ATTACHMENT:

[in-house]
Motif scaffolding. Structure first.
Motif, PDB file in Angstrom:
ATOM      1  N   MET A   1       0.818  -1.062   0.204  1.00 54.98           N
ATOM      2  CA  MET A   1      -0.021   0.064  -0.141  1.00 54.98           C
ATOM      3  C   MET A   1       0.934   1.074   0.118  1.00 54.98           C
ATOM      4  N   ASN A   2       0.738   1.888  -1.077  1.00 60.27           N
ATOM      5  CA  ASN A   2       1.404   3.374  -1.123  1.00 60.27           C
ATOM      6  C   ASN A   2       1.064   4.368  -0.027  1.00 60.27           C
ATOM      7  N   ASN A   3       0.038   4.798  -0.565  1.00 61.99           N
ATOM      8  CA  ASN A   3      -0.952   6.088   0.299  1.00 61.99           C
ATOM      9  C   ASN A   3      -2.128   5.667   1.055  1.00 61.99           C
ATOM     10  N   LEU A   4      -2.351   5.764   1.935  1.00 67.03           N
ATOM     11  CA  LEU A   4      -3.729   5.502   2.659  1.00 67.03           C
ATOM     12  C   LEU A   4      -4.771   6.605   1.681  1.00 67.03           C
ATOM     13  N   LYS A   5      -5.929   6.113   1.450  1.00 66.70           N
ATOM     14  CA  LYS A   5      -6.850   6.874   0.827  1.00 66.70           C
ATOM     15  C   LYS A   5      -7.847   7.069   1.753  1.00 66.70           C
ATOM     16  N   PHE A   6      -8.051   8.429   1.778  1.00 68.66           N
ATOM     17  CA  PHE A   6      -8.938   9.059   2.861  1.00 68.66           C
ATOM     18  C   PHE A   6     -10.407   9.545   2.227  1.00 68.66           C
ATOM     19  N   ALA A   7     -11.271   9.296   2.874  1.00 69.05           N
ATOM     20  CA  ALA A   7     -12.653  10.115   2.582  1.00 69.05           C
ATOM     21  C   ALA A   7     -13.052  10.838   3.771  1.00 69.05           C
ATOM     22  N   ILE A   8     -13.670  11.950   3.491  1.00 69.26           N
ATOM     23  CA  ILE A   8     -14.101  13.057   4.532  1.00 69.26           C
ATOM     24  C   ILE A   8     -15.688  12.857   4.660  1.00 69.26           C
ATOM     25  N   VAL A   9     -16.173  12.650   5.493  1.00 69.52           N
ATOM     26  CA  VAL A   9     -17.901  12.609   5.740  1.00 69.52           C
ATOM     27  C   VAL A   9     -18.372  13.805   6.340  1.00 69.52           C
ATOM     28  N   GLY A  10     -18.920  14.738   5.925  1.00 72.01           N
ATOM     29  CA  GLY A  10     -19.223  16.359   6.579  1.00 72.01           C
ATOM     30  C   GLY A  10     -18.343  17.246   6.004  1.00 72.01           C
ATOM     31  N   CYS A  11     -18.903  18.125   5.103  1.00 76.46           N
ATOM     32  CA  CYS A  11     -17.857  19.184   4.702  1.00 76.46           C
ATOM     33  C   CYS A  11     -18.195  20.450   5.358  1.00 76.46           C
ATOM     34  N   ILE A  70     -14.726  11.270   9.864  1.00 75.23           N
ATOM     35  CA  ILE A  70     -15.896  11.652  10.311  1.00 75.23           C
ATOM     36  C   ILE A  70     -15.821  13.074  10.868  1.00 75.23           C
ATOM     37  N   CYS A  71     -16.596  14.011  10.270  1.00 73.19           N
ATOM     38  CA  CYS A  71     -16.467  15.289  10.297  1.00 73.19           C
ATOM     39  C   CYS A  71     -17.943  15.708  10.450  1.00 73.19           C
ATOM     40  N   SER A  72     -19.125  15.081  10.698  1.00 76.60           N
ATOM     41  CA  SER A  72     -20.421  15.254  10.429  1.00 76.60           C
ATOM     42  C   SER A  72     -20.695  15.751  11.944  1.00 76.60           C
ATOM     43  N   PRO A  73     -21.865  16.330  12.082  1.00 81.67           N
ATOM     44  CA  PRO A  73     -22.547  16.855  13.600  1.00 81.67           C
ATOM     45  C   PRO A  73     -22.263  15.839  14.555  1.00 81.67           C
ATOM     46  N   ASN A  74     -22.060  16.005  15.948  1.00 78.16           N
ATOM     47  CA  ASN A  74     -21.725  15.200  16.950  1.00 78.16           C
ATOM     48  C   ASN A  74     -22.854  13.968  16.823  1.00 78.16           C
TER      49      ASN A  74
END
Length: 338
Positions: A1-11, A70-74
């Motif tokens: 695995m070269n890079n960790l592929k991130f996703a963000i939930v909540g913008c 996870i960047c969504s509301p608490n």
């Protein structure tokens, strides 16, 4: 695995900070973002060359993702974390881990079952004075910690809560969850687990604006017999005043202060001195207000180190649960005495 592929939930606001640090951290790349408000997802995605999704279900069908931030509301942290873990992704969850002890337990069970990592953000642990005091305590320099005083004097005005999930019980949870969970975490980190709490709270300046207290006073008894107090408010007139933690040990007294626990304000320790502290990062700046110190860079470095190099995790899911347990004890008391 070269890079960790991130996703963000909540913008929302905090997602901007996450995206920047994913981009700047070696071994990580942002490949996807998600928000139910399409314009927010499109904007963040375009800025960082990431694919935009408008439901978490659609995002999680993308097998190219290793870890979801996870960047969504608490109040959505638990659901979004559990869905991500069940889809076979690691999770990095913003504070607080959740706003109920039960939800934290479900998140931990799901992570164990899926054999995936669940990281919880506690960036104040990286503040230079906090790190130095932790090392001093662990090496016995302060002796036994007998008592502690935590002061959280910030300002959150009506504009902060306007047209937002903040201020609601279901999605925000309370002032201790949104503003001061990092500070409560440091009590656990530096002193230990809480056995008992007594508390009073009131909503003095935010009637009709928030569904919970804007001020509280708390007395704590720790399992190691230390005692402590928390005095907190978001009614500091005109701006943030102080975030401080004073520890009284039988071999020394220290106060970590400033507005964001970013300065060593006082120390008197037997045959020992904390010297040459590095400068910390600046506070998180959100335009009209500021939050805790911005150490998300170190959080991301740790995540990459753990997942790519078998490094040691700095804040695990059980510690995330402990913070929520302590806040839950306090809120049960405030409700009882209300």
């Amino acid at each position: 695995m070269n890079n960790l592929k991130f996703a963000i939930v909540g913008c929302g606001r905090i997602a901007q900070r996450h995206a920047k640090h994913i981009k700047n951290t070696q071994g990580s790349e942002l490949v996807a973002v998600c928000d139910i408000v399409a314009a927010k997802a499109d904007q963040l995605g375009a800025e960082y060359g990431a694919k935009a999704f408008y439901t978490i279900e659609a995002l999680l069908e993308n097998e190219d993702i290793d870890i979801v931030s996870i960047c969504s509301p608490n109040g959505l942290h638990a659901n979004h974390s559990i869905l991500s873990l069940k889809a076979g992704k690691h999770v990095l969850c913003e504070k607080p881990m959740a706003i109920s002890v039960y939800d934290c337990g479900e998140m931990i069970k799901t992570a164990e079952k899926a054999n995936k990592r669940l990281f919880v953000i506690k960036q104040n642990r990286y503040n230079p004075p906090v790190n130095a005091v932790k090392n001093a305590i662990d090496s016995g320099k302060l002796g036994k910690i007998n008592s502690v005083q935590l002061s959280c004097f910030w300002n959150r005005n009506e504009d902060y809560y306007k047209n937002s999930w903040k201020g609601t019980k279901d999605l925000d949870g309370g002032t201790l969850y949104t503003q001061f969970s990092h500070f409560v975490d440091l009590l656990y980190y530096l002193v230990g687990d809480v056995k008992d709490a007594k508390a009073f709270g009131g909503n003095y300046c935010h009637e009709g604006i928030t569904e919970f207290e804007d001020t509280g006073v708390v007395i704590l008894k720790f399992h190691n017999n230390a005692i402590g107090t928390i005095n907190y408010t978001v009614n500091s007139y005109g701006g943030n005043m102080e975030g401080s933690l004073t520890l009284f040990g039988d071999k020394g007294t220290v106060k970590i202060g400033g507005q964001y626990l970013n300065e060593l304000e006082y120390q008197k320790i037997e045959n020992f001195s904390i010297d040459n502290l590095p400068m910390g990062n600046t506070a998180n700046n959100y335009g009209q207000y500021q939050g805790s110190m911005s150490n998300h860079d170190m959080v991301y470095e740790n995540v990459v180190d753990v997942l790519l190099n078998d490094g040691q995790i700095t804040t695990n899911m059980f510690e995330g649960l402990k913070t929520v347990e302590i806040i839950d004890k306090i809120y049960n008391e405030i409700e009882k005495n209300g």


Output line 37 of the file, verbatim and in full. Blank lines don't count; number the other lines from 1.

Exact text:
ATOM     34  N   ILE A  70     -14.726  11.270   9.864  1.00 75.23           N